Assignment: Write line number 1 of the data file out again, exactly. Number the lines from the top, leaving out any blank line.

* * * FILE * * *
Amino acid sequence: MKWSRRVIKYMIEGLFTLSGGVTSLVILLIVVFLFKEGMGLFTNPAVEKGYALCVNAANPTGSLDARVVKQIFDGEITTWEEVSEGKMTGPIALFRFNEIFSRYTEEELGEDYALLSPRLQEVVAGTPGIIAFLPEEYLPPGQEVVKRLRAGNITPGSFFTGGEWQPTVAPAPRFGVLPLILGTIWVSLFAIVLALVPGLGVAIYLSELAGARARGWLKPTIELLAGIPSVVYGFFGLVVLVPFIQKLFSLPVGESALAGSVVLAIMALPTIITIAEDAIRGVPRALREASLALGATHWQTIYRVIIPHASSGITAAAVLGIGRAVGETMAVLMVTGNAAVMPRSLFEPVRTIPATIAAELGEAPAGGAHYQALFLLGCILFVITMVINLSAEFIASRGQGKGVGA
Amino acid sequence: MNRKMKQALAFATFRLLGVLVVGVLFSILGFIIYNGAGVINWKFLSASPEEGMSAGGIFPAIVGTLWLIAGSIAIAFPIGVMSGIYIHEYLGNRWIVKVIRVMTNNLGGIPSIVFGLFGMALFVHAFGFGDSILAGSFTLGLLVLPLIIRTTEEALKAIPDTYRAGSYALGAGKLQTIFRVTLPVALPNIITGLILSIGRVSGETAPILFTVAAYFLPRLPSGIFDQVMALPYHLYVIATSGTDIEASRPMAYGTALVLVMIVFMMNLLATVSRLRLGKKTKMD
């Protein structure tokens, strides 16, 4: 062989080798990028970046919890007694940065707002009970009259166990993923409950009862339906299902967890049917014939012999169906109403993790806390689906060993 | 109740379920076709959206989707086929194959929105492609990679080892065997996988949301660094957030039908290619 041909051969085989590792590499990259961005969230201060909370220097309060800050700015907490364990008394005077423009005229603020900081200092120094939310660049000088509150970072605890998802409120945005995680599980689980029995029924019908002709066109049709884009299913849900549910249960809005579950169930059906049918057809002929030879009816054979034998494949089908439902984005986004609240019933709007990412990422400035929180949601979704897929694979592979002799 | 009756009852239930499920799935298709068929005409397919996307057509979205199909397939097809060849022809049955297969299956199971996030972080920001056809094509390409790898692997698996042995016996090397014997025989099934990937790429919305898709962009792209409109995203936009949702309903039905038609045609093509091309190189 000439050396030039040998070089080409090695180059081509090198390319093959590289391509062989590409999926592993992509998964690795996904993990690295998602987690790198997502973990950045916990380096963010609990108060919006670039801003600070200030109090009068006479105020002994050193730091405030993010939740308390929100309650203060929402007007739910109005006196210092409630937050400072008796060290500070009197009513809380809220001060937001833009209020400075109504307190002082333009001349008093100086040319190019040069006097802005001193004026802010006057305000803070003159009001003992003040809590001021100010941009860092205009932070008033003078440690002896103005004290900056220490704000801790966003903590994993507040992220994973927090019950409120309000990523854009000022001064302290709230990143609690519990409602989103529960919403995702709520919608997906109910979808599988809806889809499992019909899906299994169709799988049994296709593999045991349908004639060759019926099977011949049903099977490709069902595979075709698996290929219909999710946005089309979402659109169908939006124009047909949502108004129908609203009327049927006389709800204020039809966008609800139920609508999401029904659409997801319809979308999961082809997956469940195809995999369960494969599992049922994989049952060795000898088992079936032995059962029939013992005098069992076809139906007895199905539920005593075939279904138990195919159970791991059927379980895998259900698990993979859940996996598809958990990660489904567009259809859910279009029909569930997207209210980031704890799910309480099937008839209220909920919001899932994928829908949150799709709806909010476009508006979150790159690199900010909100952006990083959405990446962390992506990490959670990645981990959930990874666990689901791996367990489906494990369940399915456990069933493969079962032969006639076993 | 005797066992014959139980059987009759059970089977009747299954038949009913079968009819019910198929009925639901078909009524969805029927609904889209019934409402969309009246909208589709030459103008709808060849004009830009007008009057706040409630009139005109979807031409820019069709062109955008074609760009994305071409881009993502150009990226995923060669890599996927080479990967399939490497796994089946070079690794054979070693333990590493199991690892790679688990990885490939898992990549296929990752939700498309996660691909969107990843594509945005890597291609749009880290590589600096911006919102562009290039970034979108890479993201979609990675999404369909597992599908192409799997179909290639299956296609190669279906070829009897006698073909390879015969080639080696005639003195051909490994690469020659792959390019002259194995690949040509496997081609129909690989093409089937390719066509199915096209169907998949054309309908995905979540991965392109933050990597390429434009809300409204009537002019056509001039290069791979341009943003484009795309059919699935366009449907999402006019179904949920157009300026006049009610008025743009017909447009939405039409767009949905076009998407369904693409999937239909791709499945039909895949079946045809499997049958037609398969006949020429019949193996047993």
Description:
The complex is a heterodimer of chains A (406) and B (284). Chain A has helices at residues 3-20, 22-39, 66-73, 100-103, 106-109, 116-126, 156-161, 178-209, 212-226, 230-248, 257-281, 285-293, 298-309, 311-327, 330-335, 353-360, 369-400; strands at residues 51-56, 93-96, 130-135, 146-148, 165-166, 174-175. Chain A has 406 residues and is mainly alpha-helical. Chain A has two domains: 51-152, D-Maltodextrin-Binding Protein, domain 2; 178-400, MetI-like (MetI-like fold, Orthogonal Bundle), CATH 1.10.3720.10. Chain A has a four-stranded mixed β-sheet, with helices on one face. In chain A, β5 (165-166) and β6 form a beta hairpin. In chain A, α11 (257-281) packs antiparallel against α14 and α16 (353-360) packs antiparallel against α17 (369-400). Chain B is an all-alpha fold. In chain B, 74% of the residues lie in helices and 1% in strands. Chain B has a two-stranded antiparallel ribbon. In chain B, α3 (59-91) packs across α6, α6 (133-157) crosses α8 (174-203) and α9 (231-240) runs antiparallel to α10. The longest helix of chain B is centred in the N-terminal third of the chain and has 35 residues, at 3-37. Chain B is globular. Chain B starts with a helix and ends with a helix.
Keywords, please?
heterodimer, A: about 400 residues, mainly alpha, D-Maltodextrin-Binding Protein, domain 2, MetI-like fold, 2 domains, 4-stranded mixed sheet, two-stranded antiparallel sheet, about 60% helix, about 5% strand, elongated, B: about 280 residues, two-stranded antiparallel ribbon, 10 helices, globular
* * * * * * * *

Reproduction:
Amino acid sequence: MKWSRRVIKYMIEGLFTLSGGVTSLVILLIVVFLFKEGMGLFTNPAVEKGYALCVNAANPTGSLDARVVKQIFDGEITTWEEVSEGKMTGPIALFRFNEIFSRYTEEELGEDYALLSPRLQEVVAGTPGIIAFLPEEYLPPGQEVVKRLRAGNITPGSFFTGGEWQPTVAPAPRFGVLPLILGTIWVSLFAIVLALVPGLGVAIYLSELAGARARGWLKPTIELLAGIPSVVYGFFGLVVLVPFIQKLFSLPVGESALAGSVVLAIMALPTIITIAEDAIRGVPRALREASLALGATHWQTIYRVIIPHASSGITAAAVLGIGRAVGETMAVLMVTGNAAVMPRSLFEPVRTIPATIAAELGEAPAGGAHYQALFLLGCILFVITMVINLSAEFIASRGQGKGVGA